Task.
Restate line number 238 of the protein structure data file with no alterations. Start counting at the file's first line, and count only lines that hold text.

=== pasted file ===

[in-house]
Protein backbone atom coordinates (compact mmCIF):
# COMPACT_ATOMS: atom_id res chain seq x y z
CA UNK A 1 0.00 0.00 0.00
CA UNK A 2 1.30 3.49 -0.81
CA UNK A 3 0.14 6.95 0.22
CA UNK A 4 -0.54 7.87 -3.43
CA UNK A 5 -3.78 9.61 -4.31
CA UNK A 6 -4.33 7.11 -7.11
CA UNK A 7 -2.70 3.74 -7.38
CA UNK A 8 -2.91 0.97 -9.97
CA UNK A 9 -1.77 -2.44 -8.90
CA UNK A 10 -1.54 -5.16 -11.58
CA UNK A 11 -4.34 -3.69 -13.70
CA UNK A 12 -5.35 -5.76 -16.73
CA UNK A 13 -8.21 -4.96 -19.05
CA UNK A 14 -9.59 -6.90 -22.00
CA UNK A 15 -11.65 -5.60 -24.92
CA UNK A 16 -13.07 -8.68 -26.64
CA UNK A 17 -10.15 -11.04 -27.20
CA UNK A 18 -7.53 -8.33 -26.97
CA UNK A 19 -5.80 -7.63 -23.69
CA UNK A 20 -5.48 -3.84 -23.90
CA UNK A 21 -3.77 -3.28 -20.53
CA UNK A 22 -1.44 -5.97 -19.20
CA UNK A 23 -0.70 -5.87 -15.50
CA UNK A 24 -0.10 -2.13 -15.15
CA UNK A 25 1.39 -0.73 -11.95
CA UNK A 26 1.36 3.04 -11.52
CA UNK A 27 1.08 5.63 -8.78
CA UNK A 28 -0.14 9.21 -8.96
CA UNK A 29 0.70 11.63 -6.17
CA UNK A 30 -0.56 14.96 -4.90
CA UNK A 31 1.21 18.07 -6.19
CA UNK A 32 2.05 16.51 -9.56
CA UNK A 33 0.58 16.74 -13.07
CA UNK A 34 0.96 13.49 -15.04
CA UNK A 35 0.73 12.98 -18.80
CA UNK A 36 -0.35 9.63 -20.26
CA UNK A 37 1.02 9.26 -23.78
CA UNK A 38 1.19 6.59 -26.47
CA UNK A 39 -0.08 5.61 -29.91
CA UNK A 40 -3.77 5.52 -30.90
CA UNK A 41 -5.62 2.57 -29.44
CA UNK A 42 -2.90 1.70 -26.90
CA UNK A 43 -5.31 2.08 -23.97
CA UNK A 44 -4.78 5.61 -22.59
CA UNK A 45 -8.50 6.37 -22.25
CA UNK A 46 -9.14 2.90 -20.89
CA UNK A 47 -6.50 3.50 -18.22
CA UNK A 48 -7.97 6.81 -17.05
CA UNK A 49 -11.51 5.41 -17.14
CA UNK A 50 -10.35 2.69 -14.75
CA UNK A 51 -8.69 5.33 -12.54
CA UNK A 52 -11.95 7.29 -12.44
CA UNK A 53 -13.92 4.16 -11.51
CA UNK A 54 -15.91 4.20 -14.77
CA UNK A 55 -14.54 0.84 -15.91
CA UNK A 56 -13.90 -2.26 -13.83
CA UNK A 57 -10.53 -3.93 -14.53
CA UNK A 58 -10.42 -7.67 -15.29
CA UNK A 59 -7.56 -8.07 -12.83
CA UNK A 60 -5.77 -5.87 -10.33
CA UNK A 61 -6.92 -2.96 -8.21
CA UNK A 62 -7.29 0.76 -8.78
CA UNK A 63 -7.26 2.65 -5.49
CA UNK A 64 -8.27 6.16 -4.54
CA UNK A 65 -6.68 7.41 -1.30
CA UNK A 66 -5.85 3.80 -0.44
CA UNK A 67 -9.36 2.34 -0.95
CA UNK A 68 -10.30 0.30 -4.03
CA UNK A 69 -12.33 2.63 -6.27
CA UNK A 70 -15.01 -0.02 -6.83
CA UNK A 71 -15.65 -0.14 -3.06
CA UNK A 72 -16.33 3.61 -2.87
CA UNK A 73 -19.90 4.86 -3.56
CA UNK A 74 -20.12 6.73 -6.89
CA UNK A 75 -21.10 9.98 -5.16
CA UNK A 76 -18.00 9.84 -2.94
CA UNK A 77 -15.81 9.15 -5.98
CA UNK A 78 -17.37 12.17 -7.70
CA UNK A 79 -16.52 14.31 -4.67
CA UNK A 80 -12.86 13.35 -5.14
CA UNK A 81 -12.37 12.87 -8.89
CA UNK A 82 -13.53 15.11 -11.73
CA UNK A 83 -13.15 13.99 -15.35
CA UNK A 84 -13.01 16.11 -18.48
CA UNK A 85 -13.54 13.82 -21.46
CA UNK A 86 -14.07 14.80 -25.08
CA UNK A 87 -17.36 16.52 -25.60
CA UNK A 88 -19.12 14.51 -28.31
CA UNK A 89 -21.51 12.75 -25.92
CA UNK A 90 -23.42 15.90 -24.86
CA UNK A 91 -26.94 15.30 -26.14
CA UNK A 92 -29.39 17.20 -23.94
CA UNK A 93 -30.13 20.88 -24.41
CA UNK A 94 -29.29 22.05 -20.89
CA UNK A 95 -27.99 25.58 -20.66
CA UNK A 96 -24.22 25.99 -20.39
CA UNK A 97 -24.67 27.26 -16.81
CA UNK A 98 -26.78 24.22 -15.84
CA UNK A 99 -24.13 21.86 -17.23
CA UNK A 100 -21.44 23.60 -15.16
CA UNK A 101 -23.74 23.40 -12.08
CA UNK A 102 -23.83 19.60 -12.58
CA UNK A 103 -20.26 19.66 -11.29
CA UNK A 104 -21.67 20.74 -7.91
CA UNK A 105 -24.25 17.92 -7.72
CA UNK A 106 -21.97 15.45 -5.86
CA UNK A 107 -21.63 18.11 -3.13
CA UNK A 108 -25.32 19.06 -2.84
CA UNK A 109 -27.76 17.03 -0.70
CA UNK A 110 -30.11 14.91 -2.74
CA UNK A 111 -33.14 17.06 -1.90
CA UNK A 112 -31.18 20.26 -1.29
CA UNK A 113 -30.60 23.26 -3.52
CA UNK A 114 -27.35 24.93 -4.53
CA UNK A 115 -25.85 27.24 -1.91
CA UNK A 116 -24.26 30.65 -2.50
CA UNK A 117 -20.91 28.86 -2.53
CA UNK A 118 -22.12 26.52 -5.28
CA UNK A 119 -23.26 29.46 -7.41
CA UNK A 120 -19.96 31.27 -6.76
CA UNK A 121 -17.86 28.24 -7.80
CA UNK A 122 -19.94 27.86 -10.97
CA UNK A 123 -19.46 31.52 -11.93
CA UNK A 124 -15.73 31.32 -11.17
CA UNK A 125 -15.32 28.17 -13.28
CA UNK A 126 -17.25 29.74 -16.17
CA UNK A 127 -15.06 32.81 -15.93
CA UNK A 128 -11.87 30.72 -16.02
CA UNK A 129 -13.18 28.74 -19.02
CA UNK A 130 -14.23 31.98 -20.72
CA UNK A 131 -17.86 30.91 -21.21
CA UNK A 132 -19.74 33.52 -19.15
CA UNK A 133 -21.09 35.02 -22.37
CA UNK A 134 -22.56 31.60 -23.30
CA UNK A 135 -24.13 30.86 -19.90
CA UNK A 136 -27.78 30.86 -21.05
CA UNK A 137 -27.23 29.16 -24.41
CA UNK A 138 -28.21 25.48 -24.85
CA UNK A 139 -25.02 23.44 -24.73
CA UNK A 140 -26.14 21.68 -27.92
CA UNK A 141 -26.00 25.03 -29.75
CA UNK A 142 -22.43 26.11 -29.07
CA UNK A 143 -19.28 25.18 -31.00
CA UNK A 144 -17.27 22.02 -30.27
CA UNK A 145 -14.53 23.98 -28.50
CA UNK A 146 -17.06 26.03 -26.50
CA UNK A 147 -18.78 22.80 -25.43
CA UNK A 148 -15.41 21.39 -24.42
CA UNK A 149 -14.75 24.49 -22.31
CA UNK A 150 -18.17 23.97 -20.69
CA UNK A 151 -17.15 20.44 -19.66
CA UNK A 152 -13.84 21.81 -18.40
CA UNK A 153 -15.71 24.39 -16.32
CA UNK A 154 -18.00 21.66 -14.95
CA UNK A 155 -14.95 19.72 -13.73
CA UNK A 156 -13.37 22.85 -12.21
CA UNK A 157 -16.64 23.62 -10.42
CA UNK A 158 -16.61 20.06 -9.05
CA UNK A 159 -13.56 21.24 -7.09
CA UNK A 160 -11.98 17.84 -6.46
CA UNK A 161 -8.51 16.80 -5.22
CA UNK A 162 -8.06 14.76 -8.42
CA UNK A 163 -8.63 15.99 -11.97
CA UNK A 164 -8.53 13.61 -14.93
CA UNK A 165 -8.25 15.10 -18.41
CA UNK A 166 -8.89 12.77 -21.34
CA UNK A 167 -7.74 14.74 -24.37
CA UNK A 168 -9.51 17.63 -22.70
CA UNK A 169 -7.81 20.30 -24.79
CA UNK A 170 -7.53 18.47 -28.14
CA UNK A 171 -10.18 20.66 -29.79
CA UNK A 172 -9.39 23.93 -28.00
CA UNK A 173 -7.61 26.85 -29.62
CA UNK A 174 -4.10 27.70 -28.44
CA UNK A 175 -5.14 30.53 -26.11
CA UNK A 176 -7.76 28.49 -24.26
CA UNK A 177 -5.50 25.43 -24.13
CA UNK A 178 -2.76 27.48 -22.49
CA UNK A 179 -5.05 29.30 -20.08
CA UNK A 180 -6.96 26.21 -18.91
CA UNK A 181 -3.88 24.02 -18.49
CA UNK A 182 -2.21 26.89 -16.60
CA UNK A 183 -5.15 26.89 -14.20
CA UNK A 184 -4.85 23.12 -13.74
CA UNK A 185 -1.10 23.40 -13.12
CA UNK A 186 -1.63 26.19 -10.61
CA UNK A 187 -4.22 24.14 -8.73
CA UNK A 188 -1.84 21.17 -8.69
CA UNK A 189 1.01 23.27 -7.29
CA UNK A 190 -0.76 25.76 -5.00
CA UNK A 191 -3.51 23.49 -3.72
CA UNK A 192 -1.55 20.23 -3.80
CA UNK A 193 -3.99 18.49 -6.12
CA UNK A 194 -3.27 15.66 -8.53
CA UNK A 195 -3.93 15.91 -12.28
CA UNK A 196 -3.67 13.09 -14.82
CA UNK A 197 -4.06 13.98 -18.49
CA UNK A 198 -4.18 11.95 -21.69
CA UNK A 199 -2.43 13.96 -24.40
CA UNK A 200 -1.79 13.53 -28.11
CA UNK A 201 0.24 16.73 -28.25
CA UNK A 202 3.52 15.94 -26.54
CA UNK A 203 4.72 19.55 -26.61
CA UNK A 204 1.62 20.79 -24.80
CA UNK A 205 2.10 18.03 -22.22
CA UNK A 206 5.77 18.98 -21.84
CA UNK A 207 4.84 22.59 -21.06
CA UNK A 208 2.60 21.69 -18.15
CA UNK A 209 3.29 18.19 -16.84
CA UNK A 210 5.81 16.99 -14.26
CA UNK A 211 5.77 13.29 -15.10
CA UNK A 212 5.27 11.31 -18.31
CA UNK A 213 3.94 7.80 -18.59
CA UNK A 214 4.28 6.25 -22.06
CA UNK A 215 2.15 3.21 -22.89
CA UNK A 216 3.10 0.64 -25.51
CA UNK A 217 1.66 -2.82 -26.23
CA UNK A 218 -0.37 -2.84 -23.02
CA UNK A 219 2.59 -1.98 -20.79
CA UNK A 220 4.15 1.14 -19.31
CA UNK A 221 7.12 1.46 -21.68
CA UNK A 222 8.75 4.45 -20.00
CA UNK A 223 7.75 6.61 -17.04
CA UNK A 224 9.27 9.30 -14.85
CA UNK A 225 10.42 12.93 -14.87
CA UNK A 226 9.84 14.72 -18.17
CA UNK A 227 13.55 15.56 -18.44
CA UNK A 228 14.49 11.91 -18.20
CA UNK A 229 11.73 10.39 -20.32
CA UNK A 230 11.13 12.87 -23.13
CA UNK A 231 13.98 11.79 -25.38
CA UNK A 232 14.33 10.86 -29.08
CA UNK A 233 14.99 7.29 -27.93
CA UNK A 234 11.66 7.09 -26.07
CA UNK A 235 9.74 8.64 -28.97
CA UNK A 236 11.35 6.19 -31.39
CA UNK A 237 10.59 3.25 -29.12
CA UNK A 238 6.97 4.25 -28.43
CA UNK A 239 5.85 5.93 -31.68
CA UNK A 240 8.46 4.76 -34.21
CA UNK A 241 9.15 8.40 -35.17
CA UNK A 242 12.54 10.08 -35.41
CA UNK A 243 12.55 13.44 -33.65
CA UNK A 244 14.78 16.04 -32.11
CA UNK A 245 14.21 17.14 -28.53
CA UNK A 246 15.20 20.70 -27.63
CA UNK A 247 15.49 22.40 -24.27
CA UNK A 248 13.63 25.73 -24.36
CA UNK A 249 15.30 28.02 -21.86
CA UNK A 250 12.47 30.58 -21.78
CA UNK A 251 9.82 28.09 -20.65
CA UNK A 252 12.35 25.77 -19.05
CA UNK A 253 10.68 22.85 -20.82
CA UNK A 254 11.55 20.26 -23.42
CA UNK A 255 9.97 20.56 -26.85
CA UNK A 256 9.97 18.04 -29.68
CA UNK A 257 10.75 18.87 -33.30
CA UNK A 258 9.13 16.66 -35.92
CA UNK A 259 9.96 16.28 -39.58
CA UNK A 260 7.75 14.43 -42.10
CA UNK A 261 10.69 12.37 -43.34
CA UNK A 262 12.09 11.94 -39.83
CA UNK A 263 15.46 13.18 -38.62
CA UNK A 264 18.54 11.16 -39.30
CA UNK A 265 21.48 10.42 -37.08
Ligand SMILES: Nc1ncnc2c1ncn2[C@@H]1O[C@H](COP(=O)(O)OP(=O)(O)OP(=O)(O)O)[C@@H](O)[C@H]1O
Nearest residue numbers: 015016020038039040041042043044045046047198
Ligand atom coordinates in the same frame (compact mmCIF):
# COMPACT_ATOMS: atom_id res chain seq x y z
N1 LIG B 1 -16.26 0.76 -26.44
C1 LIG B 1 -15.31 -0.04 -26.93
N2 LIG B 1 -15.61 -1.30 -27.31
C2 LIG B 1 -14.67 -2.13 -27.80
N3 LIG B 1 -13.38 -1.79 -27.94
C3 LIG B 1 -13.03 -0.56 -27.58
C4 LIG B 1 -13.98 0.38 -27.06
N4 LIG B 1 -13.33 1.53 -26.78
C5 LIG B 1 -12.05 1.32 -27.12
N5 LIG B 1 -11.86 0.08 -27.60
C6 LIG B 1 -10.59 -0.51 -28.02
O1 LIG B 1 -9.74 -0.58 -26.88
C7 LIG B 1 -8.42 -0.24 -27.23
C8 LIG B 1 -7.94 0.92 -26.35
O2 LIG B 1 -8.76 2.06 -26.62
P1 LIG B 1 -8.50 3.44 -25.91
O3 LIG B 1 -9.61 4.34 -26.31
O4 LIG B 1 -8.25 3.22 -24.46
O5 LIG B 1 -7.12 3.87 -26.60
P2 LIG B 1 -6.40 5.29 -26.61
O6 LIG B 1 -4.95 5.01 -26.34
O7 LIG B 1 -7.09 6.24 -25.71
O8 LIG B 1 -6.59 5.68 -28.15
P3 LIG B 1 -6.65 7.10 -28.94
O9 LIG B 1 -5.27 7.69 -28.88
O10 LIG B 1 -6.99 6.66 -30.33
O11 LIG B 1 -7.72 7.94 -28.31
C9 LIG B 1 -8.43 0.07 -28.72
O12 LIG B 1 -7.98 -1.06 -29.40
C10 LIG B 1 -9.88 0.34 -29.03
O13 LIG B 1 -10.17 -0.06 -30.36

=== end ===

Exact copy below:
CA UNK A 235 9.74 8.64 -28.97